A self fulfilling prophecy refers to the crisis that an individual may feel as a result of being labelled, and a shift in their self concept whereby they live up to the label. (Secondary Deviance)
Who studied Hippy, Marijuana users as a way to illustrate the process of a self-fulfilling prophecy? And when?
A moral entrepreneur is an individual or a group who believes it is their duty to label particular behaviour and continuing to speed this label throughout society. They seek to influence a particular group to maintain or abide to particular norms.
The Deviance Amplification Spiral refers to the attempt to control deviance leading to it increasing rather than quashing it. This results in greater attempts to control it, thus more deviance occurs and ultimately an escalating spiral.
Is there a similarity between Deviance Amplification and Lemert's idea of secondary deviance?
What are the key principles of Interactionism in accordance to Blumer (1969)
- Our actions are based on the meanings we give to situations/people etc. They are not automatic responses to stimuli.
- These meanings arise from interactions and are to some extent negotiable & changeable.
- The meanings we give to situations are mainly the result of taking the role of the other.
- Human beings are passively responding to the system's needs
- We do not interpret the meanings around us in any such way, instead the meaning we gain is the meaning offered to us from those with the power.
- Human Conduct is not individualistic. Assumptions can be made about the entirety of human being's conduct, as we all interpret situations in the same way.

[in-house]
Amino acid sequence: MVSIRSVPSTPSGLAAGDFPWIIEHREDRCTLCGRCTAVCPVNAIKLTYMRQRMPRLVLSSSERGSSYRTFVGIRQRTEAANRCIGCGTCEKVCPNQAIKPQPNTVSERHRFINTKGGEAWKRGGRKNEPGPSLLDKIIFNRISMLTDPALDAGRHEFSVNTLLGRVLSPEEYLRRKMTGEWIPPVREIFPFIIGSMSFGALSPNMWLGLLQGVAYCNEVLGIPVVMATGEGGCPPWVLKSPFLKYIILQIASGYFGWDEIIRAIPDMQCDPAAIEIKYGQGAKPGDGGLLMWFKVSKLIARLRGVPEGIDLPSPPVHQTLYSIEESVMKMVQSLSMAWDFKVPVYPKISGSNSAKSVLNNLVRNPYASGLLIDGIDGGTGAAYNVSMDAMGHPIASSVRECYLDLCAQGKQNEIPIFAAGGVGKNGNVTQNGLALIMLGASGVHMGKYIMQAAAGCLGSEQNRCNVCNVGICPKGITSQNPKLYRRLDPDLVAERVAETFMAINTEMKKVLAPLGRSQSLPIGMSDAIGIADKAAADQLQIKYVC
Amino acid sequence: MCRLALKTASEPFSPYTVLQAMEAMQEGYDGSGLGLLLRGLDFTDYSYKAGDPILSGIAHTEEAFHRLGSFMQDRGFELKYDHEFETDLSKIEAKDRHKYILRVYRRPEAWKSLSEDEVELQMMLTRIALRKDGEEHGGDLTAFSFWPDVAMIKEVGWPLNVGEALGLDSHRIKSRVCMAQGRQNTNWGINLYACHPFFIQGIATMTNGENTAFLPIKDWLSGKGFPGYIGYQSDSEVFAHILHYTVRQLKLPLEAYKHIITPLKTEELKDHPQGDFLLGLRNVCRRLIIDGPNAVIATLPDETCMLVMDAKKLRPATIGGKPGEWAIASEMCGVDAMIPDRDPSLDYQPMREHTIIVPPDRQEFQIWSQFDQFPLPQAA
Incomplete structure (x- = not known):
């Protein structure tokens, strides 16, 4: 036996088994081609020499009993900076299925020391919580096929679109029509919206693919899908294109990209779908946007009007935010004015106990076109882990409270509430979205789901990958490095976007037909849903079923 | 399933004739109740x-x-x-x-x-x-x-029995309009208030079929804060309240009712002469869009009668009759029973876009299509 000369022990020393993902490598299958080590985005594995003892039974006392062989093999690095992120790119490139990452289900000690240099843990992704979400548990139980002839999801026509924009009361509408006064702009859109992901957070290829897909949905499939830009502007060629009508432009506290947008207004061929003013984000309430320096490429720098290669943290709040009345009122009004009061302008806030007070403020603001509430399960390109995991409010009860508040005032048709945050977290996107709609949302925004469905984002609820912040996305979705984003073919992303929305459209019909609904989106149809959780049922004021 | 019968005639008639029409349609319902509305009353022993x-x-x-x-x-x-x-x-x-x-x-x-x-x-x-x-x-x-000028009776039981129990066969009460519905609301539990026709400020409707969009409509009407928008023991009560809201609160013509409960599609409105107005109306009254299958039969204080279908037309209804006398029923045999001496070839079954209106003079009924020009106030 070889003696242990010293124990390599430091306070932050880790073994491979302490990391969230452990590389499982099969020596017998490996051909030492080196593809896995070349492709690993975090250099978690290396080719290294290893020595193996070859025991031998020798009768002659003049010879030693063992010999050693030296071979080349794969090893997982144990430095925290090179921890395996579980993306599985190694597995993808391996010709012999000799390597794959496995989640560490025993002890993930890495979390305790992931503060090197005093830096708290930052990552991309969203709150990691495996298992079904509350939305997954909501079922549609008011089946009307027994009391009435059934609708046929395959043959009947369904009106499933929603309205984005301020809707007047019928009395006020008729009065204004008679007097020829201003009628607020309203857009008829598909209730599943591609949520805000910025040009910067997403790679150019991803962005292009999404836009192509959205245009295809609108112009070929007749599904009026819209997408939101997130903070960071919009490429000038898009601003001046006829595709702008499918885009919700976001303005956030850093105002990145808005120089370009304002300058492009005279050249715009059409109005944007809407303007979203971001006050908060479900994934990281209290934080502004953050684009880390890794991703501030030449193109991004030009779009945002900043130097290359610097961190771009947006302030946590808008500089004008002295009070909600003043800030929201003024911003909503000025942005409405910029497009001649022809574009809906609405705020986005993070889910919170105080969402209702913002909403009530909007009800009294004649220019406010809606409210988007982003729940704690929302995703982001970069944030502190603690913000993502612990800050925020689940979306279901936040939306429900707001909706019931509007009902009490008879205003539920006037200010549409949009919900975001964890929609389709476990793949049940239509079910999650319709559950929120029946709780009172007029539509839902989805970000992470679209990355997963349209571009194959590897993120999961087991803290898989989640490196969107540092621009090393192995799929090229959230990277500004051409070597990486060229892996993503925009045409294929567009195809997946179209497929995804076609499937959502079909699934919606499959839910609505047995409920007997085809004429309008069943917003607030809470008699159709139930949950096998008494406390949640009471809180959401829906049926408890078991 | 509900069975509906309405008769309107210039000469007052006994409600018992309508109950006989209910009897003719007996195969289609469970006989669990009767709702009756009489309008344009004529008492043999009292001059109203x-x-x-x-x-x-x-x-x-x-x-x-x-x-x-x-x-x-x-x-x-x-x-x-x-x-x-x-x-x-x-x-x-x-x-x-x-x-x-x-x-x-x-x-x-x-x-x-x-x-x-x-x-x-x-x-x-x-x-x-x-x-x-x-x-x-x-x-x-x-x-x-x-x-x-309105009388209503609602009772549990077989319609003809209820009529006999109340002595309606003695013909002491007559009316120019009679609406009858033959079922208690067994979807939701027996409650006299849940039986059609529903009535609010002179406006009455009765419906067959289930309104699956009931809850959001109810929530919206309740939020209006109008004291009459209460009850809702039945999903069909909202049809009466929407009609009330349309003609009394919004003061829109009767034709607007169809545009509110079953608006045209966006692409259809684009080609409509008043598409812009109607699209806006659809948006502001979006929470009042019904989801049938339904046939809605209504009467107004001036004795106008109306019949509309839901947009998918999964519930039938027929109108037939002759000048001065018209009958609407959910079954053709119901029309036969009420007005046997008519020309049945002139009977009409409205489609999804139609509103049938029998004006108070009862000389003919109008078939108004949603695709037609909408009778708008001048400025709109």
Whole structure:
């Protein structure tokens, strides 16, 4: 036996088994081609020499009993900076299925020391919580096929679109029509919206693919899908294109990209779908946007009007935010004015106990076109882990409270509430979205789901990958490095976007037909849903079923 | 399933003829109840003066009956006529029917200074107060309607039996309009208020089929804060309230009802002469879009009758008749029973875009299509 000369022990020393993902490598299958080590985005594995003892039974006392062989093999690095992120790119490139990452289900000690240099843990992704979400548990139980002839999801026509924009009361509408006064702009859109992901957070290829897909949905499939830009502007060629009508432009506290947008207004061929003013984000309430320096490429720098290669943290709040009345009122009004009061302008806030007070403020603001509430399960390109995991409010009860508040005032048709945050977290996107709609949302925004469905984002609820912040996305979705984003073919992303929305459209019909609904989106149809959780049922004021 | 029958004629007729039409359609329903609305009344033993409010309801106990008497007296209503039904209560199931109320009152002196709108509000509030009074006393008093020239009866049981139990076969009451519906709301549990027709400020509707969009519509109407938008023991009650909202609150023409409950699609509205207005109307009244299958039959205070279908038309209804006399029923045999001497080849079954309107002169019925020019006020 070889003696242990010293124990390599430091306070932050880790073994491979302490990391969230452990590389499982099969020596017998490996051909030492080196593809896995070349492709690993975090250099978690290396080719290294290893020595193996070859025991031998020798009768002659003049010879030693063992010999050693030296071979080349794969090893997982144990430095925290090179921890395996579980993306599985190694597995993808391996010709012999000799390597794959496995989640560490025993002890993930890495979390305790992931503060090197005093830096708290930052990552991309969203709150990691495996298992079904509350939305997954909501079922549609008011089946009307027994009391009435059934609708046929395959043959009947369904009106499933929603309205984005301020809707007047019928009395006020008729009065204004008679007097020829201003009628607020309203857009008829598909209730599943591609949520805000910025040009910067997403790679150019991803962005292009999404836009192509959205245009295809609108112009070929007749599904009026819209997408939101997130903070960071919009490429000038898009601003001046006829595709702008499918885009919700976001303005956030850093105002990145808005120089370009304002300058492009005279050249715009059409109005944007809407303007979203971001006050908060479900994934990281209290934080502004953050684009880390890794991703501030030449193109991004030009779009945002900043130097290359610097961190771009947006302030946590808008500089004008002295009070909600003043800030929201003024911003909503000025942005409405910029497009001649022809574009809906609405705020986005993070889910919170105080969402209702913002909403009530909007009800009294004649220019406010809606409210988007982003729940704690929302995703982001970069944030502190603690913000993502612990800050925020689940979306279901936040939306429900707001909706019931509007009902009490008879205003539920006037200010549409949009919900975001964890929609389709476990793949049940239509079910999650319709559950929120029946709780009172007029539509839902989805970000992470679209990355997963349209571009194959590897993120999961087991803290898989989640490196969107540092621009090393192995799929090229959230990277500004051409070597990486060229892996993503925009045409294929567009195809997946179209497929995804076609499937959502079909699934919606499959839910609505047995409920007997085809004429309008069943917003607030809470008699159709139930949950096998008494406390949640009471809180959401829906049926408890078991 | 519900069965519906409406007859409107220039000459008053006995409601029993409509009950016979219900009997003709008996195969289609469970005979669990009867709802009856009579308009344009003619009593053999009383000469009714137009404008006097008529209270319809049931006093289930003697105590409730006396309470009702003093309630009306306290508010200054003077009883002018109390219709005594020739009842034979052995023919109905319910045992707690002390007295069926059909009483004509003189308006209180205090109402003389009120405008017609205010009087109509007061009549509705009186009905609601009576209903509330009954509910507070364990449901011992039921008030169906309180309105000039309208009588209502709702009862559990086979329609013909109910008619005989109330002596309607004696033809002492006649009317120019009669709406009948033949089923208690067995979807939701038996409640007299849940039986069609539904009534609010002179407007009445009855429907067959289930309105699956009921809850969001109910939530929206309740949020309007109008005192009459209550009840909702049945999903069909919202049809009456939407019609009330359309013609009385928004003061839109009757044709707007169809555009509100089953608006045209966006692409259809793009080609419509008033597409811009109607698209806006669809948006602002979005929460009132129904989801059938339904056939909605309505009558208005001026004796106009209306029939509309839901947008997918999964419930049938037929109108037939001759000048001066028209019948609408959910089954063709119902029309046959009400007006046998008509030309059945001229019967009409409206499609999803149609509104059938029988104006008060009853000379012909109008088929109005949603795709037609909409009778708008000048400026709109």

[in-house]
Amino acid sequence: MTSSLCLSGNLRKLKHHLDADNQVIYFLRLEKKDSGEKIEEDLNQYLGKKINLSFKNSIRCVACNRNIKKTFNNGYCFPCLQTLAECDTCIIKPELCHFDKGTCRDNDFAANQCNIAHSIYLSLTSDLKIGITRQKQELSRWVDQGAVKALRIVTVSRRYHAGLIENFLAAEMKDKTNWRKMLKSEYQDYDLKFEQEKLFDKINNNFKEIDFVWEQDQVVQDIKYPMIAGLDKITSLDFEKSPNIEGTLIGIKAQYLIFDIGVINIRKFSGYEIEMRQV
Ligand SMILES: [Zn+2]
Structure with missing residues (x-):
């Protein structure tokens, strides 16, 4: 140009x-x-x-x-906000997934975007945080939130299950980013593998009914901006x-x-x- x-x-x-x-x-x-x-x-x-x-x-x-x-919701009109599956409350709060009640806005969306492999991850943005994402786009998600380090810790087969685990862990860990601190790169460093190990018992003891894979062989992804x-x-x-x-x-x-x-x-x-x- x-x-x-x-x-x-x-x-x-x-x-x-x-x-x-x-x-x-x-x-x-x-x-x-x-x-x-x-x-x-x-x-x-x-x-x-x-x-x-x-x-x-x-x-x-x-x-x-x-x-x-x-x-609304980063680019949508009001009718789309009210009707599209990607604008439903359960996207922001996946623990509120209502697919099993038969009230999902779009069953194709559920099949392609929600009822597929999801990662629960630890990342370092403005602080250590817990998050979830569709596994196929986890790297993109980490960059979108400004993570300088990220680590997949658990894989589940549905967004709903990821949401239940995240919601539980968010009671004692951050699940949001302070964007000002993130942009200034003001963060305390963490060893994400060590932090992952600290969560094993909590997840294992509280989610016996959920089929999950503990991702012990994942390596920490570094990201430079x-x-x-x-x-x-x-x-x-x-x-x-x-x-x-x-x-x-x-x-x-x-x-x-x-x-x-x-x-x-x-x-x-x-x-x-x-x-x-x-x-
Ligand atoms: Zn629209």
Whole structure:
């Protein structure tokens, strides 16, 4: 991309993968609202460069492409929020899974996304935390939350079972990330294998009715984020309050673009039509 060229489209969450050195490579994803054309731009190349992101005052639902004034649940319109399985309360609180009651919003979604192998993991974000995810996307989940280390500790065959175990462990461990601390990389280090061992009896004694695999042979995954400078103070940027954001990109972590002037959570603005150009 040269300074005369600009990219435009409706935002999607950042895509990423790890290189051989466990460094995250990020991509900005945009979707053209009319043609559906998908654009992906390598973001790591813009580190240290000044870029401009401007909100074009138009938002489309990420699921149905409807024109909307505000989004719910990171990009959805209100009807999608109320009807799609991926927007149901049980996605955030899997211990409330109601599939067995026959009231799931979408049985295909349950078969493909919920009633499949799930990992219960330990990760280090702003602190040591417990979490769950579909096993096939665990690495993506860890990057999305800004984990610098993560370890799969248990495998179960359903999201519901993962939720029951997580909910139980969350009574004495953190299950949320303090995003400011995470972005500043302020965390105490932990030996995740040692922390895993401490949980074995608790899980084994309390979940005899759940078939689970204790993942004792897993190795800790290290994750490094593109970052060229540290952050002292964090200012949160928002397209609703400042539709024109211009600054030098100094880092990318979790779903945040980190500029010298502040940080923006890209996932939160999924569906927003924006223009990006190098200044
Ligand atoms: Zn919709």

Blumer argues that although the action we take is partly predictable, because we internalise the expectations of others (so for example, a little boy whose mother openly does not wish for him to eat the last cookie out of the cookie jar may, more often than not, not consume the cookie - due to the expectation by his mother that he won't) - however, there is always some room for choice in how we perform our roles. (he may choose to ignore his mother's wishes.)
What are the 3 Interactionist concepts that Labelling Theorists use?
- Definition of the situation (Thomas)
- Looking glass self (Cooley)
- Career (Becker)
- Social Solidarity
- The Organic Analogy
The criticisms of labelling theory include that it fails to take into account the origins of that label, which may have occurred as a result of the wider social structures such as class inequality. It also fails to explain the consistent patterns of behaviour that humans have.
Who came up with the Dramaturgical Model?
G H. Mead
Goffman assumes that human beings are:
- Passive to the world around them and the influence of the wider social structures
- Are labelled and exist within the label given to us by others.
- Active & Knowledgeable
- Construct our own 'self' by manipulating others.